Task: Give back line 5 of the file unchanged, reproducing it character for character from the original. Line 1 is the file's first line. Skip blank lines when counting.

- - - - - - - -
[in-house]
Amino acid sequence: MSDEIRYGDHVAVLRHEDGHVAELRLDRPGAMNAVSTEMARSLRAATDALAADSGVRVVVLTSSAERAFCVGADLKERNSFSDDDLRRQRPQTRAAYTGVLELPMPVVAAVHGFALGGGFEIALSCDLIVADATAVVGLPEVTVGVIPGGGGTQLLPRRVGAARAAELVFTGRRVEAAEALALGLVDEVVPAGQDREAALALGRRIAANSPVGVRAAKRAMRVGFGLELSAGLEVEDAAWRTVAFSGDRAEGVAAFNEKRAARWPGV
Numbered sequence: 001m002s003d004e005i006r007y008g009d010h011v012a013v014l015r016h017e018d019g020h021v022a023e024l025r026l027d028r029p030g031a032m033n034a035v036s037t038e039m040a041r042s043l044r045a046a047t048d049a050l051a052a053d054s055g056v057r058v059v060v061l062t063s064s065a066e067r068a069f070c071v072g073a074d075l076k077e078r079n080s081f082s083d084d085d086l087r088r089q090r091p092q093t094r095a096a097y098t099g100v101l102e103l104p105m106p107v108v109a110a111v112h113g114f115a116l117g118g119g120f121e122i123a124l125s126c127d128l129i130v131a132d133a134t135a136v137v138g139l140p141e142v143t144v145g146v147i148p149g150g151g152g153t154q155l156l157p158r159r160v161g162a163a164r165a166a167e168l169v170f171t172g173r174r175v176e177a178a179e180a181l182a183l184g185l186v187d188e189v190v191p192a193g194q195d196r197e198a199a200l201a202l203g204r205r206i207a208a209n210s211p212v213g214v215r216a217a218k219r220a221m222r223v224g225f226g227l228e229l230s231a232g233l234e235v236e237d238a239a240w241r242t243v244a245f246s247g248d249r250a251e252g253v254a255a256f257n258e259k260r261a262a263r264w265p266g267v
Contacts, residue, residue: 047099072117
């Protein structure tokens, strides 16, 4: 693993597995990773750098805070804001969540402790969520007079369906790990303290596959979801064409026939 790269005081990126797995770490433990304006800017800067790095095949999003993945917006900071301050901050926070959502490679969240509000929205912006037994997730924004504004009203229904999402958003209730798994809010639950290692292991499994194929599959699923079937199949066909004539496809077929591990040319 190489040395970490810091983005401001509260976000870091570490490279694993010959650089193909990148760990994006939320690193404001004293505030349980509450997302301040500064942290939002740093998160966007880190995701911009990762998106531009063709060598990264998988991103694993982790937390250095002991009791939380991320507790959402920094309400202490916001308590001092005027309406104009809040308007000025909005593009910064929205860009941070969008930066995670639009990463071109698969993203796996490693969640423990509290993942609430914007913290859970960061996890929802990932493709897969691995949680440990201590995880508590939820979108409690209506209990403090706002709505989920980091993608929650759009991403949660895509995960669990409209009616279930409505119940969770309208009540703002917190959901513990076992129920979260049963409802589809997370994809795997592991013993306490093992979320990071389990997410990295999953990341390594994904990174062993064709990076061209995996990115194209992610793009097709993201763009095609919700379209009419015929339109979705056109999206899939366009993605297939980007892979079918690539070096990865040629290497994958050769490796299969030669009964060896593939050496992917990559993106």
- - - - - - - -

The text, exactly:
């Protein structure tokens, strides 16, 4: 693993597995990773750098805070804001969540402790969520007079369906790990303290596959979801064409026939 790269005081990126797995770490433990304006800017800067790095095949999003993945917006900071301050901050926070959502490679969240509000929205912006037994997730924004504004009203229904999402958003209730798994809010639950290692292991499994194929599959699923079937199949066909004539496809077929591990040319 190489040395970490810091983005401001509260976000870091570490490279694993010959650089193909990148760990994006939320690193404001004293505030349980509450997302301040500064942290939002740093998160966007880190995701911009990762998106531009063709060598990264998988991103694993982790937390250095002991009791939380991320507790959402920094309400202490916001308590001092005027309406104009809040308007000025909005593009910064929205860009941070969008930066995670639009990463071109698969993203796996490693969640423990509290993942609430914007913290859970960061996890929802990932493709897969691995949680440990201590995880508590939820979108409690209506209990403090706002709505989920980091993608929650759009991403949660895509995960669990409209009616279930409505119940969770309208009540703002917190959901513990076992129920979260049963409802589809997370994809795997592991013993306490093992979320990071389990997410990295999953990341390594994904990174062993064709990076061209995996990115194209992610793009097709993201763009095609919700379209009419015929339109979705056109999206899939366009993605297939980007892979079918690539070096990865040629290497994958050769490796299969030669009964060896593939050496992917990559993106």